Wide swings in the value of Permian crude oil in Midland, TX, the storage and distribution hub in Cushing, OK, and Gulf Coast points like Houston in recent months have only reinforced the importance of destination flexibility. The ability of Permian producers and shippers to access multiple takeaway pipelines and, with that, the market that will give them the highest possible price for their product, is being enhanced by the addition of new intra-basin shuttle pipelines, gathering systems and hybrid gather-and-shuttle networks. These new pipes are designed to help connect new wellheads across the Permian’s Midland and Delaware basins with two, three or even more takeaway pipelines, adding new robustness to the region’s infrastructure and enabling crude to flow to where it is most valued at any given time. Today, we discuss highlights from our new Drill Down Report on Permian crude oil shuttle pipelines and gathering systems.
Permian crude oil production continues to rise, new production areas are coming online and producers and shippers know this: the surest way to get the top price for their crude is to be able to deliver their barrels to the market that’s paying the top price. That’s logical, of course, but it’s not always possible — a significant portion of Permian production can only flow to one takeaway pipeline and therefore only to wherever that pipe is headed.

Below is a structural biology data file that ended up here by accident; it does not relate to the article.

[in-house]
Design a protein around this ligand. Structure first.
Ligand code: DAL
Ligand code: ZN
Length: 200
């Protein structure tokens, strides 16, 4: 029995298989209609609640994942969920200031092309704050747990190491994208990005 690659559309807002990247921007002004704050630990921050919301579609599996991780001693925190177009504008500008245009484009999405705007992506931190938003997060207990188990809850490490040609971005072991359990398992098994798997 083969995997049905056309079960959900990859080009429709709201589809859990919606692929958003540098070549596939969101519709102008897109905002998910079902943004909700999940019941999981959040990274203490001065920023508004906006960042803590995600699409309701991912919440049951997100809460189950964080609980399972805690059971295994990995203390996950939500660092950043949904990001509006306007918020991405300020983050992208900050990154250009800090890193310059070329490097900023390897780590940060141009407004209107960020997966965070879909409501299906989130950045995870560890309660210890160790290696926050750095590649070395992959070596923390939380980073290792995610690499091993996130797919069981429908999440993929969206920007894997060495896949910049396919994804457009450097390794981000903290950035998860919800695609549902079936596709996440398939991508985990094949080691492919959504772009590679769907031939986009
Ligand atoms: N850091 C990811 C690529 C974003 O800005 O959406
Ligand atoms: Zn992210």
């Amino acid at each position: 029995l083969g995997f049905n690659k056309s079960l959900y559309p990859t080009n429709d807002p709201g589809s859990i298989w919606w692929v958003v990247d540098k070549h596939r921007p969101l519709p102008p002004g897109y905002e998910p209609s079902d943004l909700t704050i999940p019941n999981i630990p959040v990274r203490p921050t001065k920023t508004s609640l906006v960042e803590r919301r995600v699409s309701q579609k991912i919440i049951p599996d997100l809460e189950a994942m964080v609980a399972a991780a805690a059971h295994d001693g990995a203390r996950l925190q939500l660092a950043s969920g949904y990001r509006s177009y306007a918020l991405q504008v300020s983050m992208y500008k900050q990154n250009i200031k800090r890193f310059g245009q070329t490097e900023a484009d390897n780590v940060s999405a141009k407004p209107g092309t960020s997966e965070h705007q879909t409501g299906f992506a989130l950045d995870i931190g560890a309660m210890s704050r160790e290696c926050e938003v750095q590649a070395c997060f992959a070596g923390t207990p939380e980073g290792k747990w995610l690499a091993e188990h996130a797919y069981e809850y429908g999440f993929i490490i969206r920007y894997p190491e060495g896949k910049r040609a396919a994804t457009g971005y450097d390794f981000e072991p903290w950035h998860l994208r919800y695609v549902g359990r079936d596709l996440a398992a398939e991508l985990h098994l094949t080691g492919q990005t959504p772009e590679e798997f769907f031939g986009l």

As values across the Permian, U.S. oil hubs, and the global crude landscape continue to shift, destination optionality — the ability to access multiple takeaway pipelines and markets — has become a must-have for producers and shippers. Let’s consider current Permian crude market conditions. So far in November 2017, Permian producers who can access Gulf Coast crude oil markets have been able to realize $61/bbl, while those forced to sell into the local Midland market have been stuck with little better than $56.50/bbl. Even if it costs $4.00/bbl to transport crude from Midland to the Gulf Coast (a full-cost committed-shipper rate), the producer is still $0.50/bbl better off moving barrels directly to Houston. And either local sales or transport to the Gulf Coast is a better alternative than paying $0.75/bbl to get to the crude oil storage and distribution hub in Cushing and selling for the current Cushing price: only $56/bbl, or $1.25/bbl lower than Midland on a netback basis.
But while price differentials favor selling on the Gulf Coast today, things were very different not so long ago. For example, in January 2017, after adjusting for transportation costs, selling on the Gulf Coast was $4.00/bbl worse than selling in Midland, and $3.00/bbl worse than selling in Cushing.
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